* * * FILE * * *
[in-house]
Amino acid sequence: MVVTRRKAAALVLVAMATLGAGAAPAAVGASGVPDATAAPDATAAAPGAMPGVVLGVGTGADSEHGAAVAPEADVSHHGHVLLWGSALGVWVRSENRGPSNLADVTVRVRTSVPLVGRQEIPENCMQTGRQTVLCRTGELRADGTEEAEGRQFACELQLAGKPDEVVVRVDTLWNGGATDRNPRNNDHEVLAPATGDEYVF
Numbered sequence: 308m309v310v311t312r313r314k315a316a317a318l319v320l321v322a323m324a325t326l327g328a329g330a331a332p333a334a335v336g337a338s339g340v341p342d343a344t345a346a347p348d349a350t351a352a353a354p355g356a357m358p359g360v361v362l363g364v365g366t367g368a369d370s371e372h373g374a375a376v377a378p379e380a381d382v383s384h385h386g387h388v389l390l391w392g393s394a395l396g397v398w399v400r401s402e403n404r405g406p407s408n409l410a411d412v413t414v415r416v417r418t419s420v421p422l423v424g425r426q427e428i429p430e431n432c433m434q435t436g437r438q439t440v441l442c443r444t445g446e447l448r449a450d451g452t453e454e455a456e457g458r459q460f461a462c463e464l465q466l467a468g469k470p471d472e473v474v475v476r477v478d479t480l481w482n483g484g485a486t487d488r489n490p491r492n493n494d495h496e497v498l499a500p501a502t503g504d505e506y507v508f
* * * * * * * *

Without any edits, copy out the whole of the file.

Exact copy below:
[in-house]
Amino acid sequence: MVVTRRKAAALVLVAMATLGAGAAPAAVGASGVPDATAAPDATAAAPGAMPGVVLGVGTGADSEHGAAVAPEADVSHHGHVLLWGSALGVWVRSENRGPSNLADVTVRVRTSVPLVGRQEIPENCMQTGRQTVLCRTGELRADGTEEAEGRQFACELQLAGKPDEVVVRVDTLWNGGATDRNPRNNDHEVLAPATGDEYVF
Numbered sequence: 308m309v310v311t312r313r314k315a316a317a318l319v320l321v322a323m324a325t326l327g328a329g330a331a332p333a334a335v336g337a338s339g340v341p342d343a344t345a346a347p348d349a350t351a352a353a354p355g356a357m358p359g360v361v362l363g364v365g366t367g368a369d370s371e372h373g374a375a376v377a378p379e380a381d382v383s384h385h386g387h388v389l390l391w392g393s394a395l396g397v398w399v400r401s402e403n404r405g406p407s408n409l410a411d412v413t414v415r416v417r418t419s420v421p422l423v424g425r426q427e428i429p430e431n432c433m434q435t436g437r438q439t440v441l442c443r444t445g446e447l448r449a450d451g452t453e454e455a456e457g458r459q460f461a462c463e464l465q466l467a468g469k470p471d472e473v474v475v476r477v478d479t480l481w482n483g484g485a486t487d488r489n490p491r492n493n494d495h496e497v498l499a500p501a502t503g504d505e506y507v508f